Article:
Authorities claw back fraudulent claims for CBILs, Bounce Back Loans, Furlough Payments and Covid-19 Support for Rural Businesses that see a string of convictions – but millions are still missing
Anecdotally those in the business community regular hear of fraudsters who saw the Government’s financial help to business as free money.
ICSM sources have heard of company directors taking the money on offer by giving misleading information about the viability of their business. One source said they had known of company directors who had claimed their firm was viable on the application when in reality they were hugely in debt and had no chance of ever breaking even with the help of a loan.
Stories like this are two a penny and it would seem are born out by a string of court cases brought by the Insolvency Service as they seek to claw back some of the lost cash.
Previously the Insolvency Service brought Raashid Khan in Birmingham to book who took a £50,000 Bounce Back Loan before transferring the full amount out of the company’s account to himself just days before his company went into administration. A year ago the Insolvency Service petitioned the Courts to wind up five limited companies with one taking a £240,000 CBILs on the basis of false information.
ICSM’s source said many of the company directors who completed the loan application assumed there would be no consequences. He said: “Some saw it as a way to wind up a business by taking the cash and promptly folding the firm having secured themselves a dividend. It doesn’t work like that – fraud in a criminal offence.”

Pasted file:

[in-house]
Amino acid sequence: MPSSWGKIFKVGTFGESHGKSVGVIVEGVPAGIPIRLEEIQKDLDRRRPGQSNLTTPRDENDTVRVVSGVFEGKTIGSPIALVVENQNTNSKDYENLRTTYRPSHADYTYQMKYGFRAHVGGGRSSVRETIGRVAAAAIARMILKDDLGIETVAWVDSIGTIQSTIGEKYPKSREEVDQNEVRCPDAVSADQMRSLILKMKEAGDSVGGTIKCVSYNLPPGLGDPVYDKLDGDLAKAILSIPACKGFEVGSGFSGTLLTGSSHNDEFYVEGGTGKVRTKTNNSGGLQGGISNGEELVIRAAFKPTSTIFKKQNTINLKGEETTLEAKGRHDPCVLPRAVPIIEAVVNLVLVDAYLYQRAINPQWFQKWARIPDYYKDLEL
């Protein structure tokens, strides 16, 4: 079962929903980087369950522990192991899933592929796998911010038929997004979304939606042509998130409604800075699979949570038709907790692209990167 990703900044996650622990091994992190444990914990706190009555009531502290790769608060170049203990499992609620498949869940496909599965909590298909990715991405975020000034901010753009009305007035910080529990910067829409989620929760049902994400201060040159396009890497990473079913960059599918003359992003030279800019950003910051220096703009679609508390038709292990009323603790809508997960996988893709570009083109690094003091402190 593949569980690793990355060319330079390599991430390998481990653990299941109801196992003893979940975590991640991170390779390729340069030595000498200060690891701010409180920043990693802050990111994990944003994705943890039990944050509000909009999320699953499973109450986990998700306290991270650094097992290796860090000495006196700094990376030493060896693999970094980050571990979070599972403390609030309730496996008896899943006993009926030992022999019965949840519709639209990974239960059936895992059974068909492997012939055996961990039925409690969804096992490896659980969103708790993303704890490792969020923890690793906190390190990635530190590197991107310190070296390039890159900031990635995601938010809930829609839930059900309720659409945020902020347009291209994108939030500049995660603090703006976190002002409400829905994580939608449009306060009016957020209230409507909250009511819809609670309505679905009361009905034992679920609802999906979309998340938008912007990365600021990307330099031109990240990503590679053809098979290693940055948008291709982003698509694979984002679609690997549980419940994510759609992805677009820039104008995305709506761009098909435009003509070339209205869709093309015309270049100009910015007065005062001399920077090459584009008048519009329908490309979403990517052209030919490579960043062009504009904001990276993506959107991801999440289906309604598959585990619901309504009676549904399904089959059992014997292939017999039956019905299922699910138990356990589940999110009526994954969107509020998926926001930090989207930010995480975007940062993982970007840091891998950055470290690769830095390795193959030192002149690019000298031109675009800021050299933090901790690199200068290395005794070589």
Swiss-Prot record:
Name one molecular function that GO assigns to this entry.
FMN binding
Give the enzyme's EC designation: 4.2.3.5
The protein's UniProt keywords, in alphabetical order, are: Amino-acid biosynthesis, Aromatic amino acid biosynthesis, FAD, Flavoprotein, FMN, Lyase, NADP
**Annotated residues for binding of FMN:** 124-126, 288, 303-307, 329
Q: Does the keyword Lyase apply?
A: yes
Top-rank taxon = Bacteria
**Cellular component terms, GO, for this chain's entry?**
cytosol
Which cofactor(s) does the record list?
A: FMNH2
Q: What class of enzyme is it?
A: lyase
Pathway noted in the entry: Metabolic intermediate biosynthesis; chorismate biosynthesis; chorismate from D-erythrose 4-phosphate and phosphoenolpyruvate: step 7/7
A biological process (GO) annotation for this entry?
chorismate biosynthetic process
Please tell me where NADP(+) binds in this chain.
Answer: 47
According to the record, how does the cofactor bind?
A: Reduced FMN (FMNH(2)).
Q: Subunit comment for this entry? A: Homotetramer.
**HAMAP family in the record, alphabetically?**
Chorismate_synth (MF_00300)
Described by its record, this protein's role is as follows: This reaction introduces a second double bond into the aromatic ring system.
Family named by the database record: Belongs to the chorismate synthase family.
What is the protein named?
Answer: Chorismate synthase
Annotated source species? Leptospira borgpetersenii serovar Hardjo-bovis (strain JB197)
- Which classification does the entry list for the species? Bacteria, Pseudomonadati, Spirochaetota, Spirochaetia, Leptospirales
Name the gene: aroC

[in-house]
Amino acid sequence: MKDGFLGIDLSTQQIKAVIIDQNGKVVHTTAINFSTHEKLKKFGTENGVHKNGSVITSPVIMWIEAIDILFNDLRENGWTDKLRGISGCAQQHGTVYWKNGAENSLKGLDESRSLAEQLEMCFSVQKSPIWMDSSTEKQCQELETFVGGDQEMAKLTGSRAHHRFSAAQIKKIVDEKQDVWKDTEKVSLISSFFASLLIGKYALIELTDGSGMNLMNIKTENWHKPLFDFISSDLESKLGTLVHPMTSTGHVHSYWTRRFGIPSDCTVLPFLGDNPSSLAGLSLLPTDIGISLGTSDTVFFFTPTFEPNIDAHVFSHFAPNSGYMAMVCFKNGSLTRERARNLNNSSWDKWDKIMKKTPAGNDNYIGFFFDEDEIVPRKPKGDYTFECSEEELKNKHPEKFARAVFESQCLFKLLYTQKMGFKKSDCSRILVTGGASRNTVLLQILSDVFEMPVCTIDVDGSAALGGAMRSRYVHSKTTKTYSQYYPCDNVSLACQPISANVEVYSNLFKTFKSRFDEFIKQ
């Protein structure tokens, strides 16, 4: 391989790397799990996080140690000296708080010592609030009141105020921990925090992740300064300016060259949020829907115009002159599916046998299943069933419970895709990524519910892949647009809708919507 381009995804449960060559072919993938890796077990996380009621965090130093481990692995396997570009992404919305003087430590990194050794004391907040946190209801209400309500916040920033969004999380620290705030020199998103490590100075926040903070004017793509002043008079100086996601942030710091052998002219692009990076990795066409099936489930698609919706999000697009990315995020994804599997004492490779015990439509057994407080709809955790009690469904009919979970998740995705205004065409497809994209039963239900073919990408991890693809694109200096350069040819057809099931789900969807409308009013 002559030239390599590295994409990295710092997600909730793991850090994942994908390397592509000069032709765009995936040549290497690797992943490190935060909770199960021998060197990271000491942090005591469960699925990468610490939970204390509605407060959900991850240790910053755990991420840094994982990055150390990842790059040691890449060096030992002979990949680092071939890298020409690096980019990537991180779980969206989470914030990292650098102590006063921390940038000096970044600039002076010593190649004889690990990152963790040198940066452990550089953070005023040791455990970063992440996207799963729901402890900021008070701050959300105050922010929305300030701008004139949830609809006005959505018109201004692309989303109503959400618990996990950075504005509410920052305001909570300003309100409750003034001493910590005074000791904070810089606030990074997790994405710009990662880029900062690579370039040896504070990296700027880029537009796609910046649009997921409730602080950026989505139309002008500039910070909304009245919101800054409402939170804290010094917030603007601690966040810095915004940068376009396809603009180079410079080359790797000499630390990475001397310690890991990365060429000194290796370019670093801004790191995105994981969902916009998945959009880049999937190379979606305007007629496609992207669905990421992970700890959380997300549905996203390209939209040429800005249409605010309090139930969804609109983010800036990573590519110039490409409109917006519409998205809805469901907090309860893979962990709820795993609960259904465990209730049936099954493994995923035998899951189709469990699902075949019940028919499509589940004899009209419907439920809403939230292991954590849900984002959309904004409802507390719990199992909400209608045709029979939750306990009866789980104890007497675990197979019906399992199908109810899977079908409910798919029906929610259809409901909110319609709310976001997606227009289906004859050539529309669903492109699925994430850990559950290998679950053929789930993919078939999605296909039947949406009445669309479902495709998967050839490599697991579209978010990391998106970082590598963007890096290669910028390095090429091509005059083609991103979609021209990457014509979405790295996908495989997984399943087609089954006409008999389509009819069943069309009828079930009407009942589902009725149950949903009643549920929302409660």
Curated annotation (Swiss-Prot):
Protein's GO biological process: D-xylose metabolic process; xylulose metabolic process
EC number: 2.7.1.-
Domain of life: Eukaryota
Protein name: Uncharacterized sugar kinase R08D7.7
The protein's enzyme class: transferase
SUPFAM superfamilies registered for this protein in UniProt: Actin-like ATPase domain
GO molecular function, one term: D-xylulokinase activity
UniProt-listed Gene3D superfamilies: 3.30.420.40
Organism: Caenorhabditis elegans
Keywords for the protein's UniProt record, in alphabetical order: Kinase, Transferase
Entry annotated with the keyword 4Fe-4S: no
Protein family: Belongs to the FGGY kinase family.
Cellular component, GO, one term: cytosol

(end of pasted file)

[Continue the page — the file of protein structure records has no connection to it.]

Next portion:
The Inland Revenue has also been hunting down fraudulent claims for the furlough scheme announcing last year they had been doing spot checks on businesses. The taxman was also open to ‘whistle blowers’ contacting them – over 4,000 reports sent to them during the first period of the furlough scheme.
ICSM’s Ian Carrotte said the classic examples were where a firm had expected their workers to continue working for them while also claiming furlough payments. He said: “We’ve heard through the grapevine of managers have asked furloughed employees to do ‘a little bit of work on the side’ which was illegal and there have been cases where someone has left a firm but the company continued to claim their furlough cash.”
HMRC and the Treasury said they designed the schemes to protect public money against error, fraud and abuse and sifted out 100,000 applications for rejection. However fraud and mistakes with the schemes which are backed by the tax payer and not the banks who facilitated the loans are expected to see somewhere north of £7bn in lost cash.
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